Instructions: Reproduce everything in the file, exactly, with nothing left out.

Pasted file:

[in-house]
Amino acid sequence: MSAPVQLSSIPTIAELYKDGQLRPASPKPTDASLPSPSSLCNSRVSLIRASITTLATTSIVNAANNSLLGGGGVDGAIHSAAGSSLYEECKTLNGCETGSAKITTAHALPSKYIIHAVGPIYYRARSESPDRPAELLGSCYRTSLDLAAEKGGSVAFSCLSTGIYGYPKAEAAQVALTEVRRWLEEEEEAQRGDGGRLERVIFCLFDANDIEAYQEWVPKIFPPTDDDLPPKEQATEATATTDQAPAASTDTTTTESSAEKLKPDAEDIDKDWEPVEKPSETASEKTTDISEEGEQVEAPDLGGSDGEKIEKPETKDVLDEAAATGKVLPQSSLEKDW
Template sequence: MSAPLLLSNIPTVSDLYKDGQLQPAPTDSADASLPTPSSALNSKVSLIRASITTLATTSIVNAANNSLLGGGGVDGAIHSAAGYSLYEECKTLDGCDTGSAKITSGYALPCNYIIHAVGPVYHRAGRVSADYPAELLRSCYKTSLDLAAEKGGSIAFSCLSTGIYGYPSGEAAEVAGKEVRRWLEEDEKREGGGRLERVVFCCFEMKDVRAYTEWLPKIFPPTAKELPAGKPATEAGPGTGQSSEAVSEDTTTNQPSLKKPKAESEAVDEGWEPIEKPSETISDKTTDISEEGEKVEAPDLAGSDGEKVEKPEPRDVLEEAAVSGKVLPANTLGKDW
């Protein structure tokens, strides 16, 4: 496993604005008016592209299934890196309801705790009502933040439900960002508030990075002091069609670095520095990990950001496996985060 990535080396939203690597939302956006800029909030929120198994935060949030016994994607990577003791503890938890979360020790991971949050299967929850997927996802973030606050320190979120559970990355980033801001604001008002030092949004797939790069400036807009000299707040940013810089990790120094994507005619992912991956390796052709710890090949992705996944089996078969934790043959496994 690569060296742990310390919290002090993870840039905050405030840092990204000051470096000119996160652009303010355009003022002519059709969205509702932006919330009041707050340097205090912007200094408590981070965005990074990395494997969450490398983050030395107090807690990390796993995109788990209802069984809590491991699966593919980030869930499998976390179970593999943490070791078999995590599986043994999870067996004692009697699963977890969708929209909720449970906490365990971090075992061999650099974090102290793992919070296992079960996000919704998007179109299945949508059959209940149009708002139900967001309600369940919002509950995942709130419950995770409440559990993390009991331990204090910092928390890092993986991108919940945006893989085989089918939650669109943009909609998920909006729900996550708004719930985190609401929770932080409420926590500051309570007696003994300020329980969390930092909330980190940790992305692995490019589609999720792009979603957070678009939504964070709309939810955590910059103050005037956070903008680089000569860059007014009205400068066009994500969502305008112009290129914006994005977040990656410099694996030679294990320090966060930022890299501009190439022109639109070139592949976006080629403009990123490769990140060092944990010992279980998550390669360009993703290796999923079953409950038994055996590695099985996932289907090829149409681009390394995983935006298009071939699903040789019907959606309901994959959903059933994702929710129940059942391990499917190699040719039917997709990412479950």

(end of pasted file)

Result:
[in-house]
Amino acid sequence: MSAPVQLSSIPTIAELYKDGQLRPASPKPTDASLPSPSSLCNSRVSLIRASITTLATTSIVNAANNSLLGGGGVDGAIHSAAGSSLYEECKTLNGCETGSAKITTAHALPSKYIIHAVGPIYYRARSESPDRPAELLGSCYRTSLDLAAEKGGSVAFSCLSTGIYGYPKAEAAQVALTEVRRWLEEEEEAQRGDGGRLERVIFCLFDANDIEAYQEWVPKIFPPTDDDLPPKEQATEATATTDQAPAASTDTTTTESSAEKLKPDAEDIDKDWEPVEKPSETASEKTTDISEEGEQVEAPDLGGSDGEKIEKPETKDVLDEAAATGKVLPQSSLEKDW
Template sequence: MSAPLLLSNIPTVSDLYKDGQLQPAPTDSADASLPTPSSALNSKVSLIRASITTLATTSIVNAANNSLLGGGGVDGAIHSAAGYSLYEECKTLDGCDTGSAKITSGYALPCNYIIHAVGPVYHRAGRVSADYPAELLRSCYKTSLDLAAEKGGSIAFSCLSTGIYGYPSGEAAEVAGKEVRRWLEEDEKREGGGRLERVVFCCFEMKDVRAYTEWLPKIFPPTAKELPAGKPATEAGPGTGQSSEAVSEDTTTNQPSLKKPKAESEAVDEGWEPIEKPSETISDKTTDISEEGEKVEAPDLAGSDGEKVEKPEPRDVLEEAAVSGKVLPANTLGKDW
């Protein structure tokens, strides 16, 4: 496993604005008016592209299934890196309801705790009502933040439900960002508030990075002091069609670095520095990990950001496996985060 990535080396939203690597939302956006800029909030929120198994935060949030016994994607990577003791503890938890979360020790991971949050299967929850997927996802973030606050320190979120559970990355980033801001604001008002030092949004797939790069400036807009000299707040940013810089990790120094994507005619992912991956390796052709710890090949992705996944089996078969934790043959496994 690569060296742990310390919290002090993870840039905050405030840092990204000051470096000119996160652009303010355009003022002519059709969205509702932006919330009041707050340097205090912007200094408590981070965005990074990395494997969450490398983050030395107090807690990390796993995109788990209802069984809590491991699966593919980030869930499998976390179970593999943490070791078999995590599986043994999870067996004692009697699963977890969708929209909720449970906490365990971090075992061999650099974090102290793992919070296992079960996000919704998007179109299945949508059959209940149009708002139900967001309600369940919002509950995942709130419950995770409440559990993390009991331990204090910092928390890092993986991108919940945006893989085989089918939650669109943009909609998920909006729900996550708004719930985190609401929770932080409420926590500051309570007696003994300020329980969390930092909330980190940790992305692995490019589609999720792009979603957070678009939504964070709309939810955590910059103050005037956070903008680089000569860059007014009205400068066009994500969502305008112009290129914006994005977040990656410099694996030679294990320090966060930022890299501009190439022109639109070139592949976006080629403009990123490769990140060092944990010992279980998550390669360009993703290796999923079953409950038994055996590695099985996932289907090829149409681009390394995983935006298009071939699903040789019907959606309901994959959903059933994702929710129940059942391990499917190699040719039917997709990412479950």